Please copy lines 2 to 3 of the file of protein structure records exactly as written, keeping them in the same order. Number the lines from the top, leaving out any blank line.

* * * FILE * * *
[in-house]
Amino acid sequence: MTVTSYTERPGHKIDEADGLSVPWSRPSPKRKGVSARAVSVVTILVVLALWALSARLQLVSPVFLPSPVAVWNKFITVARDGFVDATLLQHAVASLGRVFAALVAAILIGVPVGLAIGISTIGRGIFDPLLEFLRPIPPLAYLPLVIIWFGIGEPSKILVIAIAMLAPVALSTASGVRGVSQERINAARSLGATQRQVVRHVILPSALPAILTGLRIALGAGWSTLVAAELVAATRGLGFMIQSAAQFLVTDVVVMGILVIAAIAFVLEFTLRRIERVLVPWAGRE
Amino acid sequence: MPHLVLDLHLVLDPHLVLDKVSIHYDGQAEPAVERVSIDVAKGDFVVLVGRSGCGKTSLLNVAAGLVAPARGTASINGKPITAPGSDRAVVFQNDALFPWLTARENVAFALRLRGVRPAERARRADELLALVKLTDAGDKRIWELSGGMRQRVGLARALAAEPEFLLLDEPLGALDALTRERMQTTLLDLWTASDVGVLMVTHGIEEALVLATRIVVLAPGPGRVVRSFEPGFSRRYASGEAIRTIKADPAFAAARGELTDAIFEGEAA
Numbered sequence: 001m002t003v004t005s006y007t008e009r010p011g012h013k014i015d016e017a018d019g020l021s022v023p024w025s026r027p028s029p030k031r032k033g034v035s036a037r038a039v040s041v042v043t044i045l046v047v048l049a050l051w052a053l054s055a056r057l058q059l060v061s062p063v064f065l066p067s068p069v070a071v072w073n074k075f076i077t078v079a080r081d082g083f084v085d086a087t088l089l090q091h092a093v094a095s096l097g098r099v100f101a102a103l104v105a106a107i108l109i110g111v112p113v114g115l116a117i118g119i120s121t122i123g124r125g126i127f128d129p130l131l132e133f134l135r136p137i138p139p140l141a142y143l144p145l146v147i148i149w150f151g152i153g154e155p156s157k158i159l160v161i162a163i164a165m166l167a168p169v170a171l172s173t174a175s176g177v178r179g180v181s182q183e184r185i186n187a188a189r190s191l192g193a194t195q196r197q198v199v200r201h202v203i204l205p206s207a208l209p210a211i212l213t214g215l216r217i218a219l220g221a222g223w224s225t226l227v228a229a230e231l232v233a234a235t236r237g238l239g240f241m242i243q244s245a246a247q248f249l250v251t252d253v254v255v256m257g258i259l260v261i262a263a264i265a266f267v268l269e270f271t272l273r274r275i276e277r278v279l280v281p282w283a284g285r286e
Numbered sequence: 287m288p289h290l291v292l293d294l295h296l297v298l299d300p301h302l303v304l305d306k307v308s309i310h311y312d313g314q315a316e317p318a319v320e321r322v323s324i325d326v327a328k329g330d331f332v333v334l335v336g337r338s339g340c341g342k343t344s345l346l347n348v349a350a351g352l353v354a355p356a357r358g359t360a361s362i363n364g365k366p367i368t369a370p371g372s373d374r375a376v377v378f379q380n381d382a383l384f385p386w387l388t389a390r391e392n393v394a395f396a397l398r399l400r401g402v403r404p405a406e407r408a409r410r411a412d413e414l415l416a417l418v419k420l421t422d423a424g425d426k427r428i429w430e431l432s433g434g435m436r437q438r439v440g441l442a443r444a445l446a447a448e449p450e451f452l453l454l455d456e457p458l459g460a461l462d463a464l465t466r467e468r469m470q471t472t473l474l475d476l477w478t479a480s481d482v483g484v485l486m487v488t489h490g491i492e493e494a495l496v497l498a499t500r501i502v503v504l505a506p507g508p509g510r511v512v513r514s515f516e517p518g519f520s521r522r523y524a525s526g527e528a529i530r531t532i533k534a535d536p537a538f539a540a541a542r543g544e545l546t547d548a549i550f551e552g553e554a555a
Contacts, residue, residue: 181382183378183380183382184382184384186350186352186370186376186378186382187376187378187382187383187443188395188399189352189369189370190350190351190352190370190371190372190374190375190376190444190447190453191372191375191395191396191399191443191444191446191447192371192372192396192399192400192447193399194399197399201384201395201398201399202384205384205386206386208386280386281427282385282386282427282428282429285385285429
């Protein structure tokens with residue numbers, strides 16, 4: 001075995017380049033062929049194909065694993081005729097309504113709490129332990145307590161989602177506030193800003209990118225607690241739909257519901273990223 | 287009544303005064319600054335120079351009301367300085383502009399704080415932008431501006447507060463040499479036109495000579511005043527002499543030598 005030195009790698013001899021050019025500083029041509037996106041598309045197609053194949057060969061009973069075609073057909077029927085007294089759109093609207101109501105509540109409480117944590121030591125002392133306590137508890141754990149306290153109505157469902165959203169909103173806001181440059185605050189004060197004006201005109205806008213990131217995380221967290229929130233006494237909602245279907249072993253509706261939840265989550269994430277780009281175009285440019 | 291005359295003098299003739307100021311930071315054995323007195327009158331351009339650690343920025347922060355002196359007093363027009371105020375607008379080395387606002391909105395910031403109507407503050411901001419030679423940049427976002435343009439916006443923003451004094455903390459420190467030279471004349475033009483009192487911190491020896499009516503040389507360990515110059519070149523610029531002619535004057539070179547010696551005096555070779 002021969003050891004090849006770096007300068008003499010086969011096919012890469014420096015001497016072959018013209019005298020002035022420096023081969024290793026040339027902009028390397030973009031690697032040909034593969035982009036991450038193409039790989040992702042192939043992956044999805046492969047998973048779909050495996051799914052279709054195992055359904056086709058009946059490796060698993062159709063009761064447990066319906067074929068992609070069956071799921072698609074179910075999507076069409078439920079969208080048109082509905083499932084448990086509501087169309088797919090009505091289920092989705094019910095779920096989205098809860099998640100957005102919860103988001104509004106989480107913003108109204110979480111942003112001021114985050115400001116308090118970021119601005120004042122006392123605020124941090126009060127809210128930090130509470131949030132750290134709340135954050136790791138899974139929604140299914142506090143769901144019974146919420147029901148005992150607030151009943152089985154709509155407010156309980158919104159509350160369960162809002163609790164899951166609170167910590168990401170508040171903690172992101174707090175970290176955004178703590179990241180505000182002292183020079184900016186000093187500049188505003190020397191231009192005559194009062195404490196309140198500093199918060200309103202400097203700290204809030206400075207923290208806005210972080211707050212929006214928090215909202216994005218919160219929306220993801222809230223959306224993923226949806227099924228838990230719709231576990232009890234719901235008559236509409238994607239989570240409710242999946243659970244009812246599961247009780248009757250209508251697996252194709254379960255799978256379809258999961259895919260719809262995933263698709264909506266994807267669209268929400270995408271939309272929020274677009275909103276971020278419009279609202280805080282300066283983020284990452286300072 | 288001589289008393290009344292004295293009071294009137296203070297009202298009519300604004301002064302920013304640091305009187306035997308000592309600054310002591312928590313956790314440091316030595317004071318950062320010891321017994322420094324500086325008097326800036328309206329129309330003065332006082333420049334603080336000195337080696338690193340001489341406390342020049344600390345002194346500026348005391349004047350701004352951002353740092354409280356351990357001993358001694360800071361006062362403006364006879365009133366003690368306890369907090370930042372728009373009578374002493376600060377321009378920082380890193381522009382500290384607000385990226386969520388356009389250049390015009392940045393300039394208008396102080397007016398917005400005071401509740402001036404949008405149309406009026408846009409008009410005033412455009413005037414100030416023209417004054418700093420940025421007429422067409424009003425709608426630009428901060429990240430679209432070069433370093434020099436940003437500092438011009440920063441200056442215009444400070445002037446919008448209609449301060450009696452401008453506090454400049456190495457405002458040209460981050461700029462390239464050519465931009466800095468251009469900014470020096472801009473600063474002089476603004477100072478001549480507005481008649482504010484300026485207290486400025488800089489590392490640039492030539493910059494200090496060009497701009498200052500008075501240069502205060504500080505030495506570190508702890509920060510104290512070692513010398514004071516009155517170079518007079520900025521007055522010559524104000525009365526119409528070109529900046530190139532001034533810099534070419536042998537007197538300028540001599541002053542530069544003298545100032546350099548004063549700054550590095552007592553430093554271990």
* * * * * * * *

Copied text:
Amino acid sequence: MTVTSYTERPGHKIDEADGLSVPWSRPSPKRKGVSARAVSVVTILVVLALWALSARLQLVSPVFLPSPVAVWNKFITVARDGFVDATLLQHAVASLGRVFAALVAAILIGVPVGLAIGISTIGRGIFDPLLEFLRPIPPLAYLPLVIIWFGIGEPSKILVIAIAMLAPVALSTASGVRGVSQERINAARSLGATQRQVVRHVILPSALPAILTGLRIALGAGWSTLVAAELVAATRGLGFMIQSAAQFLVTDVVVMGILVIAAIAFVLEFTLRRIERVLVPWAGRE
Amino acid sequence: MPHLVLDLHLVLDPHLVLDKVSIHYDGQAEPAVERVSIDVAKGDFVVLVGRSGCGKTSLLNVAAGLVAPARGTASINGKPITAPGSDRAVVFQNDALFPWLTARENVAFALRLRGVRPAERARRADELLALVKLTDAGDKRIWELSGGMRQRVGLARALAAEPEFLLLDEPLGALDALTRERMQTTLLDLWTASDVGVLMVTHGIEEALVLATRIVVLAPGPGRVVRSFEPGFSRRYASGEAIRTIKADPAFAAARGELTDAIFEGEAA